Text and Repetition

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Cover: King Arthur, by various authors (Amazon)
Cover: King Arthur, by various authors (Amazon)

Today’s post follows on in a loose manner from last week’s, but is also inspired by thinking about film versions of books. The connection is once again the complex of tales to do with Arthur and his companions – the so-called Matter of Britain. As mentioned last time, these stories – even the oldest variants of them that we know – are in constant tension and conflict with each other. There is no single authoritative original version, and different tellers of these tales have focused on divergent features. Did Arthur die on the battlefield? Was he taken away mortally wounded to die elsewhere and be laid to rest? Did he go elsewhere to be healed, and return one day? What did happen between Lancelot and Guinevere? Was the Grail a peripheral distraction, or the vital centre of the whole company? And so many other questions, all unanswerable… or rather with so many possible answers.

Now, the group of authors we call the Inklings relished this endless magical well of possibility, and drew from it in many different ways according to their preferences and personalities. But, as the book I have been reading comments, “To some readers, the idea of endless revision may imply infidelity to a source text. Compare this to the experience of many logocentric moviegoers, who experience sharp disappointment or anger when the film adaptation of a beloved book appears to them to be a travesty of the author’s work.

Merlin and Nimue, by Edward Burne-Jones (Lady Lever Art Gallery, Liverpool)
Merlin and Nimue, by Edward Burne-Jones (Lady Lever Art Gallery, Liverpool)

Now, one feature of the Arthurian tales is that they have metamorphosed into several different media – prose, for sure, but also poetry, music, film, art, sculpture, cartoons and animation. And, allowing for the availability of these technologies, this multi-media presentation has been part of the tradition from as far back as we can trace it. Did our twelfth century ancestors argue whether the French prose Vulgate cycle was better or worse than Lazamon Brut’s massive poetic treatment? Or did they, in fact, relish and appreciate the diversity of approach?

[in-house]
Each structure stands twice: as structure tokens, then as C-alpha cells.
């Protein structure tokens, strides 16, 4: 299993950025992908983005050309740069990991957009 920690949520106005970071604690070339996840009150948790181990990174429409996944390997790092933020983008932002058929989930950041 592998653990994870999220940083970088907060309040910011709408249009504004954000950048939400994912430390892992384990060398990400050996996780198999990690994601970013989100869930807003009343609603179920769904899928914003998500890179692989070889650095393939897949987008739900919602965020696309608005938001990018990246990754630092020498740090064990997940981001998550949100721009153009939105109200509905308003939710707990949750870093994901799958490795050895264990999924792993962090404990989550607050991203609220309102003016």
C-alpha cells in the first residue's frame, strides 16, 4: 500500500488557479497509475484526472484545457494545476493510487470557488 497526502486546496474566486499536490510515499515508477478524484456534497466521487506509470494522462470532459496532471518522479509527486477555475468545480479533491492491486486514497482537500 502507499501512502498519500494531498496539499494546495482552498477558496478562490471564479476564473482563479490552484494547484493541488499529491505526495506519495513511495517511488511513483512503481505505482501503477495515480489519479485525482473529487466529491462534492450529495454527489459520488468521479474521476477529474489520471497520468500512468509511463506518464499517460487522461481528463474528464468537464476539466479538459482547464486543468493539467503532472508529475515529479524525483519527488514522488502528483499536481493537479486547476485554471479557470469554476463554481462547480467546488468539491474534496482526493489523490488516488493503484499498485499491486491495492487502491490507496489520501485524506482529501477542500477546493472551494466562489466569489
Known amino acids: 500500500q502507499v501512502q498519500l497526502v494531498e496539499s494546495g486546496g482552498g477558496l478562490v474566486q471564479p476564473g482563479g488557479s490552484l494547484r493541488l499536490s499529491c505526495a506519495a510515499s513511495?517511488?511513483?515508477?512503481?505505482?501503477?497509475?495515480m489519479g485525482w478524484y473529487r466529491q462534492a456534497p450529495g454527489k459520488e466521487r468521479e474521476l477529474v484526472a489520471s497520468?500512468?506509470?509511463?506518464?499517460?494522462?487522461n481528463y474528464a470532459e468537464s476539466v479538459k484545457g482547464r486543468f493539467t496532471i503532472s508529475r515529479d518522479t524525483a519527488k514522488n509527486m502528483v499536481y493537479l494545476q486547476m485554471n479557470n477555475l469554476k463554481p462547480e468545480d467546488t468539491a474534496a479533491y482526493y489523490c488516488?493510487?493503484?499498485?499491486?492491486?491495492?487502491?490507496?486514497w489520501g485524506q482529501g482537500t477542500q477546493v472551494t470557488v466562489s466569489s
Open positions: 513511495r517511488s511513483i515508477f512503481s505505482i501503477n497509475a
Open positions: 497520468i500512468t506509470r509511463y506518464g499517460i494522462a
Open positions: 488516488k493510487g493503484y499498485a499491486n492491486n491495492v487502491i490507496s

Of course we don’t know if such a debate happened, but this whole study has made me reevaluate my own reaction to film versions of books. Like lots of us, I have in the past had the kind of “disappointment or anger” mentioned above, but am revising my views. To be sure, any book or film (or comic, or play, or musical, or opera, or whatever) might be uncompelling simply as a piece of artistry, but that is a separate matter. Just to tell the tale in a different way is not, I think, such a problem. Quite apart from the varying strengths and weaknesses of each of those media, each story-teller will choose to focus on different facets of the tale as suits their purpose and interest. And that, I think, is not a bad thing. Of which more next week…

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